Paul L. Vasey, a professor of psychology and neuroscience at the University of Lethbridge in Canada, who studies homosexual behavior in Japanese macaques, is editing a new book on homosexual behavior in animals, to be published by Cambridge University Press. This kind of behavior among animals has been observed by scientists as far back as the 1700s, but Vasey said one reason there had been few books on the topic was that "people don't want to do the research because they don't want to have suspicions raised about their sexuality."
Some scientists say homosexual behavior in animals is not necessarily about sex. Marlene Zuk, a professor of biology at the University of California in Riverside and author of Sexual Selections: What We Can and Can't Learn About Sex From Animals (University of California Press, 2002), notes that scientists have speculated that homosexuality may have an evolutionary purpose, ensuring the survival of the species. By not producing their own offspring, homosexuals may help support or nurture their relatives' young. "That is a contribution to the gene pool," she said.
For Janet Mann, a professor of biology and psychology at Georgetown University, who has studied same-sex behavior in dolphin calves, their homosexuality "is about bond formation," she said, "not about being sexual for life."
She said that studies showed that adult male dolphins formed long-term alliances, sometimes in large groups. As adults, they cooperate to entice a single female and keep other males from her. Sometimes they share the female, or they may cooperate to help one male. "Male-male cooperation is extremely important," Mann said. The homosexual behavior of the young calves "could be practicing" for that later, crucial adult period, she added.
But, scientists say, just because homosexuality is observed in animals doesn't mean that it is only genetically based. "Homosexuality is extraordinarily complex and variable," Bagemihl said. "We look at animals as pure biology and pure genetics, and they are not." He noted that "the occurrence of same-sex behavior in animals provides support for the nurture side as well." He cited as an example the ruff, a type of Arctic sandpiper. There are four different classes of male ruffs, each differing from the others genetically. The two that differ most from each other are most similar in their homosexual behaviors.
Zuk said, "You have inclinations that are more or less supported by our genes and in some environmental circumstances get expressed." She used the analogy of right- or left-handedness, thought to be genetically based. "But you can teach naturally left-handed children to use their right hand," she pointed out.
Still, scientists warn about drawing conclusions about humans. "For some people, what animals do is a yardstick of what is and isn't natural," Vasey said. "They make a leap from saying if it's natural, it's morally and ethically desirable."
But he added: "Infanticide is widespread in the animal kingdom. To jump from that to say it is desirable makes no sense. We shouldn't be using animals to craft moral and social policies for the kinds of human societies we want to live in. Animals don't take care of the elderly. I don't particularly think that should be a platform for closing down nursing homes."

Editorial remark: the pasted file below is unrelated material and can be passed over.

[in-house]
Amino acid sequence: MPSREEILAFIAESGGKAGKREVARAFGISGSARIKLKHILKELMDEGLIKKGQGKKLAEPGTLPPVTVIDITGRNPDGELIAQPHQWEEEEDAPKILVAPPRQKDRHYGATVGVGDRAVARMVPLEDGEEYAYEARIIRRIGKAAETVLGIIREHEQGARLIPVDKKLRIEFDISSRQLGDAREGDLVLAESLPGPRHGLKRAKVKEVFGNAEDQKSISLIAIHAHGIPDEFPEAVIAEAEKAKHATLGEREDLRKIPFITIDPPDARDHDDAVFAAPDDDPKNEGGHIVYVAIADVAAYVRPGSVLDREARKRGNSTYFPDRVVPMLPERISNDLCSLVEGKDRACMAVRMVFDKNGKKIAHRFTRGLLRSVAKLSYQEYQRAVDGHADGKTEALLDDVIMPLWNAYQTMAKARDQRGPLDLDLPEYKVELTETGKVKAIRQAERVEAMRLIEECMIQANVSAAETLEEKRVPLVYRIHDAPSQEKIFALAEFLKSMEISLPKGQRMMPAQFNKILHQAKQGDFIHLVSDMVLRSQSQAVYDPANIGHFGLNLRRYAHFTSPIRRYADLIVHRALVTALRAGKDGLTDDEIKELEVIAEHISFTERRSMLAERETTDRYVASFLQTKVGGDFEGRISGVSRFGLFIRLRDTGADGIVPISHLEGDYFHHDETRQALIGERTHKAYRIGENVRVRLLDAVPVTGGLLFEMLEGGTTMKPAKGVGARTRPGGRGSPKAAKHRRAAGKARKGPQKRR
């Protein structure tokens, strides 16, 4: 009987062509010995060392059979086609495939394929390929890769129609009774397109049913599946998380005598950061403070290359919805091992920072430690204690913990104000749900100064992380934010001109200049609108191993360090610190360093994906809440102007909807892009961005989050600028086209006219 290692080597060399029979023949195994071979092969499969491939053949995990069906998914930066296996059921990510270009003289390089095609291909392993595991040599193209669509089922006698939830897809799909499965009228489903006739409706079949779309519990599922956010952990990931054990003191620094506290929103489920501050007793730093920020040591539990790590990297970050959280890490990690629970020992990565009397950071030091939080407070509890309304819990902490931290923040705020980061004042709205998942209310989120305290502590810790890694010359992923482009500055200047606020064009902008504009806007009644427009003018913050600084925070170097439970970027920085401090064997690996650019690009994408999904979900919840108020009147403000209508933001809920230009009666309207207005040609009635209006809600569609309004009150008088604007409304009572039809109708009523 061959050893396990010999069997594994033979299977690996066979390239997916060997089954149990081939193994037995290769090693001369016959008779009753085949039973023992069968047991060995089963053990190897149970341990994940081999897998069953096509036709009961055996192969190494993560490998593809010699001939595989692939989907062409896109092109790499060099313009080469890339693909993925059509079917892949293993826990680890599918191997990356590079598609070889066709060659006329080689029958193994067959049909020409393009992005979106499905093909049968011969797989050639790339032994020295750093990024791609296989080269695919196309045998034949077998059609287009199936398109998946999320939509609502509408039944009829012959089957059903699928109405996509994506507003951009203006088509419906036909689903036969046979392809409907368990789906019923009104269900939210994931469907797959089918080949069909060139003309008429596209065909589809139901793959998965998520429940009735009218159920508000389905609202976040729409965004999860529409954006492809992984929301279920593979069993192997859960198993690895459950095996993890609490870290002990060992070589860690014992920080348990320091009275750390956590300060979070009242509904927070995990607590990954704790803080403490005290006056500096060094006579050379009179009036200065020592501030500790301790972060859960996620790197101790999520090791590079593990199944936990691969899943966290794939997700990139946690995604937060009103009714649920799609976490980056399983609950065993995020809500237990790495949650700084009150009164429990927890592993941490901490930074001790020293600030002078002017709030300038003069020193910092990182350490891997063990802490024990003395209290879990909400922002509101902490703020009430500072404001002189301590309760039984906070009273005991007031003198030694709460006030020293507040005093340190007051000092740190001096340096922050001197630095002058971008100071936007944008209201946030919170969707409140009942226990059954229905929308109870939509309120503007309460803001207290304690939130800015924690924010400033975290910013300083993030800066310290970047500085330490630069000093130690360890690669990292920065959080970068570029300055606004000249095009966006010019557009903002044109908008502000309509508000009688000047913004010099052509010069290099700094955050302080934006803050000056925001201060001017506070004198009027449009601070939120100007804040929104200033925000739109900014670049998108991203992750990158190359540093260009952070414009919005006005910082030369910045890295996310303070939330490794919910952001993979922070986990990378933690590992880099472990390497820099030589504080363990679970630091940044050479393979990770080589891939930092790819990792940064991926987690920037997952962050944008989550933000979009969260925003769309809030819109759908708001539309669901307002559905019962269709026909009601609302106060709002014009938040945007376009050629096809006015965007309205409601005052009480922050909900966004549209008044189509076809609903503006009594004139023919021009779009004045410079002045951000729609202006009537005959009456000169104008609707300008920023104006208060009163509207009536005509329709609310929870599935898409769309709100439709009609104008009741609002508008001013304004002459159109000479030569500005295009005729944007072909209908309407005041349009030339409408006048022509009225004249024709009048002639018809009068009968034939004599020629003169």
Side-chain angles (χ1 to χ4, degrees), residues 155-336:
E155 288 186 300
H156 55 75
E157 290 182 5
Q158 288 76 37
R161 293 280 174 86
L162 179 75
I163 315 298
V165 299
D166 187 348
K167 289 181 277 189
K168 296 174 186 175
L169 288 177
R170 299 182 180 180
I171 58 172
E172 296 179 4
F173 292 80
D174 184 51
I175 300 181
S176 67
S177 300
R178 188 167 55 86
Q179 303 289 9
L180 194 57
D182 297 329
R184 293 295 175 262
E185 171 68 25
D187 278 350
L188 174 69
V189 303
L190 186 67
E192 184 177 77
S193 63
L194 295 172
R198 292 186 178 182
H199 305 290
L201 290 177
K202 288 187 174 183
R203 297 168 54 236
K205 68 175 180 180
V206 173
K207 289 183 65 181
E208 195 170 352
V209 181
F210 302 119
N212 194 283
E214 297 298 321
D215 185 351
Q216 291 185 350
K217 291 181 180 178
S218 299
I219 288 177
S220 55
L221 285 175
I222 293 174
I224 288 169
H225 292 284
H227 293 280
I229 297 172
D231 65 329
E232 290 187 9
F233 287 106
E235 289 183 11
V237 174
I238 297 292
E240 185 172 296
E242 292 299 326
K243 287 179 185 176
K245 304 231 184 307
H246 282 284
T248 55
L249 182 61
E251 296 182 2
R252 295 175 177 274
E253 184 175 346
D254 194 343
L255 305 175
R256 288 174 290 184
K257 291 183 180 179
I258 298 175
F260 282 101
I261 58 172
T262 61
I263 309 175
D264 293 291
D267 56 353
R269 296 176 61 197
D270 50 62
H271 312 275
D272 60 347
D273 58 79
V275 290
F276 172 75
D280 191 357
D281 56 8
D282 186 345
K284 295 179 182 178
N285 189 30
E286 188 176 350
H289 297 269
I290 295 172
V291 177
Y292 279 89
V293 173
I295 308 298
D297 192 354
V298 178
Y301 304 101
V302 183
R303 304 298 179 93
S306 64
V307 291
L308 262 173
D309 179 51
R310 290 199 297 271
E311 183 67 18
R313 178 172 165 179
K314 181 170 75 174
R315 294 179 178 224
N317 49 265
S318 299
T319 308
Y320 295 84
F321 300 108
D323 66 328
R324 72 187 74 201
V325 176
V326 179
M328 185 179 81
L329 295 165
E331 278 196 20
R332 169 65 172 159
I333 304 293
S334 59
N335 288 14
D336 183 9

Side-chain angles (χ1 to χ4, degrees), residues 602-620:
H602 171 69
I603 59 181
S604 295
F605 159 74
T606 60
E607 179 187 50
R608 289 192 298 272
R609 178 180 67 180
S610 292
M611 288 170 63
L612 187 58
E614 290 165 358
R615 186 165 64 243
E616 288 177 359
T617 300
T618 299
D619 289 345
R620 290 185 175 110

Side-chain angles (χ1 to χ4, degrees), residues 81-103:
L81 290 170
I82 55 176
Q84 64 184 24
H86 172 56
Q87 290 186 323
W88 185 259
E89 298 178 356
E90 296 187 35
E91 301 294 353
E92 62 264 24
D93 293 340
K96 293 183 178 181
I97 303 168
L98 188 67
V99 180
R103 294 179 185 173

Bagemihl is also wary of extrapolating. "In Nazi Germany, one very common interpretation of homosexuality was that it was animalistic behavior, subhuman," he said.
What the animal studies do show, Zuk observed, is that "sexuality is a lot broader term than people want to think."
"You have this idea that the animal kingdom is strict, old-fashioned Roman Catholic," she said, "that they have sex just to procreate."
In bonobos, she noted: "you see expressions of sex outside the period when females are fertile. Suddenly you are beginning to see that sex is not necessarily about reproduction."
"Sexual expression means more than making babies," Zuk said. "Why are we surprised? People are animals."
Warren Hsu (許華仁) sees chocolate making as creating art and performing magic. Zeng Zhi-yuan (曾志元) “talks” to his cacao beans and compares the fermenting process to devotedly caring for a child. Despite their different products and business models, the two helped put Taiwanese chocolate on the map in 2018 at the prestigious International Chocolate Awards’ (ICA) World Finals when Hsu’s Fu Wan Chocolate (福灣) claimed two golds, five silvers and two bronzes, while Zeng took home four golds. That year, Taiwanese chocolatiers burst through the gates with a total of 26 medals, an impressive feat given that many locals don’t
Chen Zhiwu (陳志武) says that the COVID-19 crisis puts into sharp focus that we are in a new cold war, with China and the US being the two protagonists. “It’s almost literally in front of us,” says Chen, Director of Asia Global Institute and Chair Professor of Finance at the University of Hong Kong. Political observers were hesitant, Chen says, even up to the beginning of this year, to confirm a new cold war was underway. “But ... the coronavirus has made clear the clash in values and way of life between what China would like to pursue, and what
For tourists visiting Hualien, Taroko National Park (太魯閣國家公園) is the first order of business. But if you find yourself in the city with half a day to spare — your train back to Taipei will leave mid-afternoon, say — it’s hardly worth busing out to Taroko Gorge. Instead, borrow or rent a bicycle or a scooter, or hail a cab, and set out for one of these attractions. At only one of these places is there an admission charge. CISINGTAN SCENIC AREA A literal translation of Cisingtan (七星潭) would be “Seven Stars Pond,” but there’s no pond here, just the vast Pacific
To bring sustainability and prosperity to their farms, some agriculturalists in southern Taiwan have embraced innovative types of companion planting. In contrast to the monoculture that dominates much of the rich world’s farmland, companion planting is the cultivation of different crops in proximity, usually to optimize the space, for pest control or to enhance pollination. The symbiotic relationship between cacao trees and betel nut, which may be unique to Pingtung County, is striking when one visits the cacao plantations maintained by Choose Chius (邱氏可可) and Wugawan (牛角灣) in Neipu (內埔). The history of growing cacao in Taiwan goes back to Japanese colonial